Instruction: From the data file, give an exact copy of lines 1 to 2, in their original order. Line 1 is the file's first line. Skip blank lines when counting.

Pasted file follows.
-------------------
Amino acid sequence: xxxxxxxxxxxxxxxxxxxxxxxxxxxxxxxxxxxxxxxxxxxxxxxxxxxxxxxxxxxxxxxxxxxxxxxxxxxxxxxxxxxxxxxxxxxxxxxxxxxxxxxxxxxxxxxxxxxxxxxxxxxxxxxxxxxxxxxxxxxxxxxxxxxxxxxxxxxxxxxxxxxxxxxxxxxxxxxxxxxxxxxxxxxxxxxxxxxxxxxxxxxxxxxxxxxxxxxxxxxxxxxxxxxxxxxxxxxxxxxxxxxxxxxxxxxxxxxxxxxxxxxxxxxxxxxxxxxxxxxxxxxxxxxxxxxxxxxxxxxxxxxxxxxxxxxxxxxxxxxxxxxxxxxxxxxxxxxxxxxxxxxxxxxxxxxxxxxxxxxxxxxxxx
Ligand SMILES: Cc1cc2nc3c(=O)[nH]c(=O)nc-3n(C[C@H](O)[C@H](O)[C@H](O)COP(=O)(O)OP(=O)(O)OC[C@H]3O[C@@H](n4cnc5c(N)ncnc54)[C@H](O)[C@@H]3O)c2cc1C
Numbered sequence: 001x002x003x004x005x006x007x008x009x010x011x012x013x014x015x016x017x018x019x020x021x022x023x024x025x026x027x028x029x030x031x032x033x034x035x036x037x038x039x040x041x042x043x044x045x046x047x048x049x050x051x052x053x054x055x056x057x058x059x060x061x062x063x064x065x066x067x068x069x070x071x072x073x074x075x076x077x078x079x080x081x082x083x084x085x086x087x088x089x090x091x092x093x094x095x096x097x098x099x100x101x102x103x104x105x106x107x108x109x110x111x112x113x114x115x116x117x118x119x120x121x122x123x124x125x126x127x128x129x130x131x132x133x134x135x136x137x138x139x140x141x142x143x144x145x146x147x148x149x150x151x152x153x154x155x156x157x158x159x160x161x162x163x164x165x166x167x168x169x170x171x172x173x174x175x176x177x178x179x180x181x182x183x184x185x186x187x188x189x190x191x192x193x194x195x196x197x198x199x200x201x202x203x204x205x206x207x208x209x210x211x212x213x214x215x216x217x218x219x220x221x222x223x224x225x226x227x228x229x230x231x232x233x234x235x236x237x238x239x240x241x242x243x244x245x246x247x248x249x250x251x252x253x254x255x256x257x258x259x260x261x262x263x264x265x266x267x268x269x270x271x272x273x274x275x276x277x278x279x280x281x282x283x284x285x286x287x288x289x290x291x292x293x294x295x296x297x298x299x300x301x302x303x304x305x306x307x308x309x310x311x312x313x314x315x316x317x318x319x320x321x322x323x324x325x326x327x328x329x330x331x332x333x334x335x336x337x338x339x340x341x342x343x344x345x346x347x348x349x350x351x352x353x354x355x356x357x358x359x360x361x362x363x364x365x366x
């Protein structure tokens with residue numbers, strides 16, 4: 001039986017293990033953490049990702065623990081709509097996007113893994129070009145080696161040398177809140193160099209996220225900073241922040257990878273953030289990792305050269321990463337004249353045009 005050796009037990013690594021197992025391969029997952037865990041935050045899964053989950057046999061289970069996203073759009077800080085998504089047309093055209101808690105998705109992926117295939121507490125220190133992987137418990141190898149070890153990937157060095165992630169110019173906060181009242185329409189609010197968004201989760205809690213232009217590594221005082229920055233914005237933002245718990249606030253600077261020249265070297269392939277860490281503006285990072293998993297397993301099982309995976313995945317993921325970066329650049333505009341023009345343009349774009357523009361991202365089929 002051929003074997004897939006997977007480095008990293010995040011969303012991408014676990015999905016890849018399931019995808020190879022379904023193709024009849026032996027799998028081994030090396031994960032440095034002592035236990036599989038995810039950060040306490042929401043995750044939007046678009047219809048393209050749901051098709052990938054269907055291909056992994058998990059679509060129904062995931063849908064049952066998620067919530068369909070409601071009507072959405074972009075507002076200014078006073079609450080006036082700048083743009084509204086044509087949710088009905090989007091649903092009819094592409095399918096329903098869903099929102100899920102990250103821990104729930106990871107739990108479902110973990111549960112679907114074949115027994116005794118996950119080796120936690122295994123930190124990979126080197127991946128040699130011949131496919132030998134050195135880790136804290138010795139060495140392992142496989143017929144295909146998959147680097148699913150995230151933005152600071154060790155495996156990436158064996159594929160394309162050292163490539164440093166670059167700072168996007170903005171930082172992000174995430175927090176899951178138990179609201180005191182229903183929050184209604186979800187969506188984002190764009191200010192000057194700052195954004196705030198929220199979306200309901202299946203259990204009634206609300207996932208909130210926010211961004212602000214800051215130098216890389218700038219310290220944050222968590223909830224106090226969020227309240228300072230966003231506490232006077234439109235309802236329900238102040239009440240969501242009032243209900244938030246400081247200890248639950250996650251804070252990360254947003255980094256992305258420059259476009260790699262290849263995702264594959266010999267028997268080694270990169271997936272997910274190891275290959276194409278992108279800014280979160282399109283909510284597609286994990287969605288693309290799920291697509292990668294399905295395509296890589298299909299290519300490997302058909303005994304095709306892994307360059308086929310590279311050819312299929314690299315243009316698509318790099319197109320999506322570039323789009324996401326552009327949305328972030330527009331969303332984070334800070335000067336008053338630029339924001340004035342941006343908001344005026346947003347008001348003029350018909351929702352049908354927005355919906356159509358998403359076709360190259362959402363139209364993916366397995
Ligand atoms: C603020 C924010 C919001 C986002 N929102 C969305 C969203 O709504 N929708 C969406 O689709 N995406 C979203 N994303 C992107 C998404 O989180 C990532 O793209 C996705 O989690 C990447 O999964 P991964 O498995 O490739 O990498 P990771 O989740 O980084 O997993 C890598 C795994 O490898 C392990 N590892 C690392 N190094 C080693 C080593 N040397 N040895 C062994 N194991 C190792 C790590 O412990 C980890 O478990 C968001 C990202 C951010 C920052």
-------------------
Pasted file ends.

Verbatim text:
Amino acid sequence: xxxxxxxxxxxxxxxxxxxxxxxxxxxxxxxxxxxxxxxxxxxxxxxxxxxxxxxxxxxxxxxxxxxxxxxxxxxxxxxxxxxxxxxxxxxxxxxxxxxxxxxxxxxxxxxxxxxxxxxxxxxxxxxxxxxxxxxxxxxxxxxxxxxxxxxxxxxxxxxxxxxxxxxxxxxxxxxxxxxxxxxxxxxxxxxxxxxxxxxxxxxxxxxxxxxxxxxxxxxxxxxxxxxxxxxxxxxxxxxxxxxxxxxxxxxxxxxxxxxxxxxxxxxxxxxxxxxxxxxxxxxxxxxxxxxxxxxxxxxxxxxxxxxxxxxxxxxxxxxxxxxxxxxxxxxxxxxxxxxxxxxxxxxxxxxxxxxxxxxxxxxxxx
Ligand SMILES: Cc1cc2nc3c(=O)[nH]c(=O)nc-3n(C[C@H](O)[C@H](O)[C@H](O)COP(=O)(O)OP(=O)(O)OC[C@H]3O[C@@H](n4cnc5c(N)ncnc54)[C@H](O)[C@@H]3O)c2cc1C